(6) Though not a gap-filling assumption, it’s important to note that in this time period, three private law schools received provisional ABA approval: Charlotte (NC), Drexel (PA), and Elon (NC). When they provided data, I counted them.

Here’s what we learn upon examining the data.



Note that I use “mean absolute deviations” instead of “standard deviations” because these are full populations that are not normally distributed.

And now, to sate your unspeakable viewing desires, here’s the animated number of law schools by graduate debt-revenue, what I affectionately the “Law School Debt Blob.” The blue line on the left is the median, the black line, the average.

This graphic gives us an idea of the distribution of law schools by graduate debt-revenue over the last few years, and it’s what happens when you add nearly half-a-billion dollars onto law students’ backs. We can only imagine how far rightward it moved before 2008. Although, it’s important to note that universities significantly increased their tuition in fall 2009 due to the damage the financial crisis did to their endowments, so the increase is not indicative of typical years.

The next three graphs show which five-million-dollar categories grew and contracted.

I hesitate to adjust numbers this large to inflation, but we know the growth rate is faster than that. I also wish I could compare this to graduates’ starting salaries, but NALP data are short term, too inaccurate in my opinion, and subject to cyclical swings.

The list of top 20 public law schools by graduate debt-revenue doesn’t contain too many surprises, but for private law schools, it’s an interesting mix of expensive, prestigious law schools and less expensive ones that have very large enrollments. However, I can’t ignore how much of an outlier Cooley is, so I included the z-scores on the right of the table. The z-score measures a data point’s distance from the mean, and it’s measured in mean absolute deviations. Cooley’s 6.33 tells us it is way out there, the tiny red droplet on the far right of the debt blob animation. Perhaps its large, rapidly growing graduate debt-revenue explains its defensive “Report One.”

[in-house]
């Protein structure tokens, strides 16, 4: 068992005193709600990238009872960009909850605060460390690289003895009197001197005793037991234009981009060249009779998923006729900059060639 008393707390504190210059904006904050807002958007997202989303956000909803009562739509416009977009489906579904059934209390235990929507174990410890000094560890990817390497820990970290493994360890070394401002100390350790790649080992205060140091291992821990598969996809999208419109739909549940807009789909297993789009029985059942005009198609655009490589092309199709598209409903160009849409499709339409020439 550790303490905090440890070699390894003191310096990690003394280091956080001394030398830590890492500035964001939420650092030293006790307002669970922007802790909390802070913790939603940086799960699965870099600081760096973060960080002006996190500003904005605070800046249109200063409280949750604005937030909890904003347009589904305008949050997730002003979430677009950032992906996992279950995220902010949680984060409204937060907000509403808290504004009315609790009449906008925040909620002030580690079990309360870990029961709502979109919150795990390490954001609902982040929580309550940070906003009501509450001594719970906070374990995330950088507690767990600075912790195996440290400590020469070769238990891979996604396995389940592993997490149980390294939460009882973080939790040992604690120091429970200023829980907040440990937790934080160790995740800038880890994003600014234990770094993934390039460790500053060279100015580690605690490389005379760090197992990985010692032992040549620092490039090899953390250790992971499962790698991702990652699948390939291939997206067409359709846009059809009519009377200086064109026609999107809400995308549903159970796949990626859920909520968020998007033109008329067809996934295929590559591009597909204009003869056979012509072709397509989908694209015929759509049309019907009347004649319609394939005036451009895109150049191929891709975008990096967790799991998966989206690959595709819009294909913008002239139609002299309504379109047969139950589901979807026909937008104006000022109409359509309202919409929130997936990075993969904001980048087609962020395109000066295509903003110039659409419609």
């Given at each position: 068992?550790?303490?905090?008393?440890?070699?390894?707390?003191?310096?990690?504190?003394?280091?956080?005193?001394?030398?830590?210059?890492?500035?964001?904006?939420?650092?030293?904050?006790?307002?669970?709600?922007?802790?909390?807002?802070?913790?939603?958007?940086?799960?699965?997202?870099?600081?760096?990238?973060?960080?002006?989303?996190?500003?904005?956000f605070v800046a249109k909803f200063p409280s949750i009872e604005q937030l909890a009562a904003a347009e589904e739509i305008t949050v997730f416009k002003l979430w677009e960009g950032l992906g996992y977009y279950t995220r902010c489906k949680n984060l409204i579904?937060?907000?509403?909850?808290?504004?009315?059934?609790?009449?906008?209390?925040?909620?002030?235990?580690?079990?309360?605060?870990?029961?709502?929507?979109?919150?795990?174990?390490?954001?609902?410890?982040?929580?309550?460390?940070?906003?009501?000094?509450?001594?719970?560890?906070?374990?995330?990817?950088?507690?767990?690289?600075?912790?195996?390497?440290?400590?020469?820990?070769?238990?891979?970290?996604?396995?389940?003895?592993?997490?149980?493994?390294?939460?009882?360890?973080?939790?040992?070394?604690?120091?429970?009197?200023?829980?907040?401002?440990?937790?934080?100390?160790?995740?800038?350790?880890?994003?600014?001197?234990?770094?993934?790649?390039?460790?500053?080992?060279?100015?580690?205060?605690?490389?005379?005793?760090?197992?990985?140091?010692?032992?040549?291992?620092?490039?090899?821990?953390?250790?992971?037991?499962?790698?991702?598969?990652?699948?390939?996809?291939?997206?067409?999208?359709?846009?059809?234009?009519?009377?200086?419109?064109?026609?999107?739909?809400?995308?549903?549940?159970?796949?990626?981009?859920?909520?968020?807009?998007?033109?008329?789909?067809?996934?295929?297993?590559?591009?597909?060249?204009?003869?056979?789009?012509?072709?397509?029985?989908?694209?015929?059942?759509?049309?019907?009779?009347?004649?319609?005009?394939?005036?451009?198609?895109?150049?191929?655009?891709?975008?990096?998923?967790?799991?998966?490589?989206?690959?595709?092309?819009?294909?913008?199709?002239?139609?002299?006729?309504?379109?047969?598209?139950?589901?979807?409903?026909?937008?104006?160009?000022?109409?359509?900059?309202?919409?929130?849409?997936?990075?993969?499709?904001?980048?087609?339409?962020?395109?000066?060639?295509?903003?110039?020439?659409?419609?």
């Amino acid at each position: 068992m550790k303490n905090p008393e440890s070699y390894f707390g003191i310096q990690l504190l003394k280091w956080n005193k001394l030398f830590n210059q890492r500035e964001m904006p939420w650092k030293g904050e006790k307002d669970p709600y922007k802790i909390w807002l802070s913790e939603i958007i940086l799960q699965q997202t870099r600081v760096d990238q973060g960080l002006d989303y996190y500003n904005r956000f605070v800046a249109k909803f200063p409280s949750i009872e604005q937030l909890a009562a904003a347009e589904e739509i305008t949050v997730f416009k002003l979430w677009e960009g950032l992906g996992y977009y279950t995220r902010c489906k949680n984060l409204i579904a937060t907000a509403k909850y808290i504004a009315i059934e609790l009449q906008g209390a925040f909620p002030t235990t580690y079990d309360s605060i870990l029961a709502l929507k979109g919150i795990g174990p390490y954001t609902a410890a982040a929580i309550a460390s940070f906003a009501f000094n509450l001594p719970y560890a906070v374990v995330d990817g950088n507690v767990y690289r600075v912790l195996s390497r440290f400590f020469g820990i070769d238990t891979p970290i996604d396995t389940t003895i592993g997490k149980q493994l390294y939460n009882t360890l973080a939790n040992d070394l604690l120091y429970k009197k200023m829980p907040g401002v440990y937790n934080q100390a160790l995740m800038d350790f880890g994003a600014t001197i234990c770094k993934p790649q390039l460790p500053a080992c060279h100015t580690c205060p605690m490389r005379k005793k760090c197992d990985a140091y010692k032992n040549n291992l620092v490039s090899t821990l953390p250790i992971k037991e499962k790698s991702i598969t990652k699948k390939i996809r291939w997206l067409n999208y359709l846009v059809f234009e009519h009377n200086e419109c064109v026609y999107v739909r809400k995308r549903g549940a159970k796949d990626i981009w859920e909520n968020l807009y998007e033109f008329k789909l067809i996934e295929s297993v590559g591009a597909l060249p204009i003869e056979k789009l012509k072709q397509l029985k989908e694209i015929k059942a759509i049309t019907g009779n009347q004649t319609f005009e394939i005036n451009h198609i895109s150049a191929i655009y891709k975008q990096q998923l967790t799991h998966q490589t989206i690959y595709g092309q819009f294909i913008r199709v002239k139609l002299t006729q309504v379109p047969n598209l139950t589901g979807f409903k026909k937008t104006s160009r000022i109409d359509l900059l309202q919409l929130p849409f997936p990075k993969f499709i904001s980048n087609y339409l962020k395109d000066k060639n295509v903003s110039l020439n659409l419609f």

(*Law school did not report either its graduates’ average debt levels or the percent of its graduates taking on debt, so the number is estimated per the bulleted assumptions above.)

The $475 million more dollars in law school debt 75,000 law graduates took on in 2009 and 2010 could have been put to better use, and the profession will not benefit from the fallout when the public is forced to accept a write-down for all this nondischargeable student debt. In a few weeks, I’ll project debt levels into the future. Until then, enjoy your Thanksgiving.

Matt Leichter is an attorney licensed in Wisconsin and New York, and he holds a masters in International Affairs from Marquette University. He operates The Law School Tuition Bubble, which archives, chronicles, and analyzes the deteriorating American legal education system. It is also a platform for higher education and student debt reform.